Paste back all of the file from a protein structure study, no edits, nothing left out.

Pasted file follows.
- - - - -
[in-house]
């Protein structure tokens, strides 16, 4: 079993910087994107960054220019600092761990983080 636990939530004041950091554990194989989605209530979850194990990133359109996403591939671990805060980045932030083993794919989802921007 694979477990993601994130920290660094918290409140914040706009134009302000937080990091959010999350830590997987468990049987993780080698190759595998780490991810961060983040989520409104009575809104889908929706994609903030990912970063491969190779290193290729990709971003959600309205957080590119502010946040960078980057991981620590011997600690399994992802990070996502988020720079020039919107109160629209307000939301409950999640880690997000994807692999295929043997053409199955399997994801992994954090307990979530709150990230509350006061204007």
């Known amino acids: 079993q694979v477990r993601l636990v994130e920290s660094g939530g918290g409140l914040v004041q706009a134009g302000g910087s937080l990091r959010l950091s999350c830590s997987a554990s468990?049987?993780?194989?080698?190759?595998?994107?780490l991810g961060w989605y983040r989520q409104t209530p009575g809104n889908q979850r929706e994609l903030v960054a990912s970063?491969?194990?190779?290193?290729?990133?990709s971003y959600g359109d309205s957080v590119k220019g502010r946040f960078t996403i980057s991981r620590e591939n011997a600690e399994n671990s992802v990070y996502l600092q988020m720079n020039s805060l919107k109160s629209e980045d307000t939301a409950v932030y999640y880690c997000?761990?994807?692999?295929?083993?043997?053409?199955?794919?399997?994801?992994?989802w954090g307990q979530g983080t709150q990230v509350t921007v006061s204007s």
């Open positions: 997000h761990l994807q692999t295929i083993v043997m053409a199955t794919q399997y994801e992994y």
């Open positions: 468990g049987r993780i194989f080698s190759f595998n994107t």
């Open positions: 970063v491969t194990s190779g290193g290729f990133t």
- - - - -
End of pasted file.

[in-house]
């Protein structure tokens, strides 16, 4: 079993910087994107960054220019600092761990983080 636990939530004041950091554990194989989605209530979850194990990133359109996403591939671990805060980045932030083993794919989802921007 694979477990993601994130920290660094918290409140914040706009134009302000937080990091959010999350830590997987468990049987993780080698190759595998780490991810961060983040989520409104009575809104889908929706994609903030990912970063491969190779290193290729990709971003959600309205957080590119502010946040960078980057991981620590011997600690399994992802990070996502988020720079020039919107109160629209307000939301409950999640880690997000994807692999295929043997053409199955399997994801992994954090307990979530709150990230509350006061204007």
């Known amino acids: 079993q694979v477990r993601l636990v994130e920290s660094g939530g918290g409140l914040v004041q706009a134009g302000g910087s937080l990091r959010l950091s999350c830590s997987a554990s468990?049987?993780?194989?080698?190759?595998?994107?780490l991810g961060w989605y983040r989520q409104t209530p009575g809104n889908q979850r929706e994609l903030v960054a990912s970063?491969?194990?190779?290193?290729?990133?990709s971003y959600g359109d309205s957080v590119k220019g502010r946040f960078t996403i980057s991981r620590e591939n011997a600690e399994n671990s992802v990070y996502l600092q988020m720079n020039s805060l919107k109160s629209e980045d307000t939301a409950v932030y999640y880690c997000?761990?994807?692999?295929?083993?043997?053409?199955?794919?399997?994801?992994?989802w954090g307990q979530g983080t709150q990230v509350t921007v006061s204007s």
């Open positions: 997000h761990l994807q692999t295929i083993v043997m053409a199955t794919q399997y994801e992994y």
């Open positions: 468990g049987r993780i194989f080698s190759f595998n994107t």
């Open positions: 970063v491969t194990s190779g290193g290729f990133t």